Monday 10 May 2010
While knowledge of the trend in the time frame under consideration is
important, it is equally important to be aware of the trend of the next higher
time frame. The daily chart is most frequently followed, and many use the
smaller time frames, as well. Fewer resort to a weekly time frame, or even
higher because they take longer to turn, and they typically are not timing
tools. Still, the importance of the higher time frames cannot be overlooked.
It is very possible that the damage wrought from last week's dramatic
decline may have ended the up trend of the weekly chart. As in all
considerations for analyzing a market, any market, and stocks are no
different from futures, confirmation is required in order to pursue a course
of action with confidence. What will confirm that the weekly trend has
changed? Just as in the daily, a rally that fails to exceed the April high,
creating a lower swing high.
One of the elements in defining a downtrend is lower highs and lower lows
from the preceding swings. If we look at the previous swing lows, A, B,
and C, they are all higher lows. There has yet to be a lower swing low
since March of 2009. So many egos want to be first in line to proclaim what
the market will do next. We never know. We have ideas, based on
developing market activity, but we always defer to that market activity as the
final arbiter as to what will happen. All we can do is gather the facts and
make a determination from them, whenever possible. Until we see a lower
Right now, the daily chart is making very wide swings, increasing the risk
factor if one is wrong in their assessment. We thought it would serve our
purposes to look at the next higher time frame to put what is developing
into some kind of viable context.
From a factual observation, the weekly swing lows are becoming greater
in intensity. Note how swing low "A" never came close to retesting the
March 2009 low. Swing low "B" was only a two week correction that held
above both the June high and a 50% retracement of the previous range
with the "A" low. We can see from "C" that its correction lasted three weeks
and almost reached the swing low of "B." At "C," the correction is much
stronger, and the upside progress that preceded it was weaker. The current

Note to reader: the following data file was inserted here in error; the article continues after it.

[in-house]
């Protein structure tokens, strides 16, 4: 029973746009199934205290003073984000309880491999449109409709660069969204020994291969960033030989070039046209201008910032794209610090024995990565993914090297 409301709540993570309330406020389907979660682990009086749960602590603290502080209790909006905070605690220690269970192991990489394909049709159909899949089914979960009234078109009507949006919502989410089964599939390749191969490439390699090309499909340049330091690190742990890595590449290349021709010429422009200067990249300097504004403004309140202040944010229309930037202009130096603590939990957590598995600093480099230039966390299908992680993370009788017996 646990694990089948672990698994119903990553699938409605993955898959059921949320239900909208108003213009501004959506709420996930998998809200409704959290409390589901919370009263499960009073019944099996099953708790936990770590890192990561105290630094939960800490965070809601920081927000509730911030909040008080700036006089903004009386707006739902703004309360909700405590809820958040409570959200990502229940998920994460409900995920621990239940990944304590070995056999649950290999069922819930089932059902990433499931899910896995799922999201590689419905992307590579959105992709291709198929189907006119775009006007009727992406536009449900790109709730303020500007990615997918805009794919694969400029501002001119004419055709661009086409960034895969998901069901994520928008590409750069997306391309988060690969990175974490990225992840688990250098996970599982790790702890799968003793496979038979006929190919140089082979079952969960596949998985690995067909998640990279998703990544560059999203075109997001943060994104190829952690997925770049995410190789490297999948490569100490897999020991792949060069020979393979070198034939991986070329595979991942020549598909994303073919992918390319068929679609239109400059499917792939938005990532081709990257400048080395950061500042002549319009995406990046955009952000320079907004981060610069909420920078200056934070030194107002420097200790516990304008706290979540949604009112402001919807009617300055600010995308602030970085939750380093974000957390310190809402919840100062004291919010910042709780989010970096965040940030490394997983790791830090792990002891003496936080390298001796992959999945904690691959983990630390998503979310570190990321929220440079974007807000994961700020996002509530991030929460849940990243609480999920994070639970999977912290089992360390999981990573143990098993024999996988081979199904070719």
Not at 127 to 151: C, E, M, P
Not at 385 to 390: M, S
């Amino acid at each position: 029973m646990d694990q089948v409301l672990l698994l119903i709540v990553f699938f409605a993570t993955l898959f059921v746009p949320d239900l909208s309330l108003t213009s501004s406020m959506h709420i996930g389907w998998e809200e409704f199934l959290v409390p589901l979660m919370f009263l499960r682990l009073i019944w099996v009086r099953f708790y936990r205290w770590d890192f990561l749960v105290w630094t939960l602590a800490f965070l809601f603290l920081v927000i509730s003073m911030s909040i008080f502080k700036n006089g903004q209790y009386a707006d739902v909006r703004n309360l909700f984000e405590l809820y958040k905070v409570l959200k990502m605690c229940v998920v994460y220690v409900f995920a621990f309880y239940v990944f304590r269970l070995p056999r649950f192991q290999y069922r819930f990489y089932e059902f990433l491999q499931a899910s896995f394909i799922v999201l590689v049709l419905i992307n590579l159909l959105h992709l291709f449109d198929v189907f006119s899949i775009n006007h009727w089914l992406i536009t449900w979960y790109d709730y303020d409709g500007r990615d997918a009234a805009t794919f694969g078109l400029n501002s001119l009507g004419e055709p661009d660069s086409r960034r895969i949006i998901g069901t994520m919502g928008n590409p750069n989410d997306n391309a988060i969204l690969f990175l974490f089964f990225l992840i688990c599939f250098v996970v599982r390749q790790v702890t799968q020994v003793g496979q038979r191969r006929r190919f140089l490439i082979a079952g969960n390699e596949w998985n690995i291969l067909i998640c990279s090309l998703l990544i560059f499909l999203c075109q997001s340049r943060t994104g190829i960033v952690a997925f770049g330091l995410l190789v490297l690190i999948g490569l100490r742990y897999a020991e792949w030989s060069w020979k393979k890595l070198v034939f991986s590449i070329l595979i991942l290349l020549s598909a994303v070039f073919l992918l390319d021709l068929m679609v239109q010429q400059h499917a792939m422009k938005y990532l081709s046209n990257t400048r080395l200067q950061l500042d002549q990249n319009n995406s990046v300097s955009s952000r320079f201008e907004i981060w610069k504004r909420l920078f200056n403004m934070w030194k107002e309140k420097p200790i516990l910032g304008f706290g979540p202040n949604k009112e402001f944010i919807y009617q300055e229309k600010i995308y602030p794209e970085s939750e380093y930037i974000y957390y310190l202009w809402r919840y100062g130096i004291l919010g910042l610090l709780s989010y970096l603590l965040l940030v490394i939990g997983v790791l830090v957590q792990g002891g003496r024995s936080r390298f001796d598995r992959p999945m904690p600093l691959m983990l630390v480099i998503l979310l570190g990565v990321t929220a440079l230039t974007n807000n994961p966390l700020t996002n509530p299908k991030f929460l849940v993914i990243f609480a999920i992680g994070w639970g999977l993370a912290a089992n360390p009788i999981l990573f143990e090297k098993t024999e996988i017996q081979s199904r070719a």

low, at "D," may or may not be finished, although the likelihood is that it is
finished, at least for now, and it shows the strongest reaction from a high,
perhaps breaking the trend.
As we said of the daily chart, the high and low for the next several weeks,
possibly months, have beenestablished,
[see S & P - The Lines Have Been Drawn]. We called last Thursday a
selling climax. While it has some of the characteristics of a climax, its
location makes it unlikely, but that is a different issue.
Note where the decline from the 2007 market highs picked up speed,
evidenced by wider range bars and increased volume. That would be
October 2009, starting just above the 1200 price level. Where did this
current rally fail before this huge decline? 1216, just about the same price
area. Remember, prices are not absolute. Think in terms of areas and not
a specific price, and be aware of HOW the market responds to the area. In
this instance, price again backed off with abandon from the 1200 area, to
include the 1216 specific high.
THAT is what is important: HOW price reacts to a particular area or price
level. Price dropped quickly from the 1200 area in October 2009, and it
dropped just as quickly from the same area in 2010. We can see that a
lower swing low has not yet occurred, despite the quality of a strong decline,
last week, so we must keep that in mind when gathering ALL the facts, not
just the ones to support a particular point of view.
What is key to focus in on, at this point, is to watch the developing market
activity in the next several weeks ahead. We want to know the quality and
character of HOW any retest rally develops for that will determine how to
take positions in the market to be in harmony with the developing trend.
The likelihood of a rally is strong here, on either chart, daily or weekly.
What about the trend? Ambiguity is a fact of market trading. The daily trend
can be said to be down, but we could see a sizeable rally to retest the April
high, or more importantly, a test of the 1205 area where the last daily rally
failed and led to the last strong decline. That leaves about 90 S&P points
room to rally in a downtrend. It makes no sense to be short under this kind
of environment, and that is why we said to be on the sidelines since Friday,
[see S & P - The Lines Have Been Drawn, last sentence].
The probability of some kind of rally is greater than continuation down. If
the weekly trend is no longer up, at a minimum, it will move sideways in a
trading range before going down. That is the normal process of market
behavior, and despite the price aberration from last Thursday, markets do
move in identifiable phases. What we have to account for and adjust to is
how long it may take for a phase to develop and run its course.
Like we said, the weekly time frame is not to be used for timing a trade, so
no recommendation to buy or sell is made from this perspective. What we
are doing is putting the factual observations into a context in order to be
able to make an informed decision using the lower time frames. Look for
support between 1056, more likely 1090-1110, and resistance starting
around 1160 up to 1205.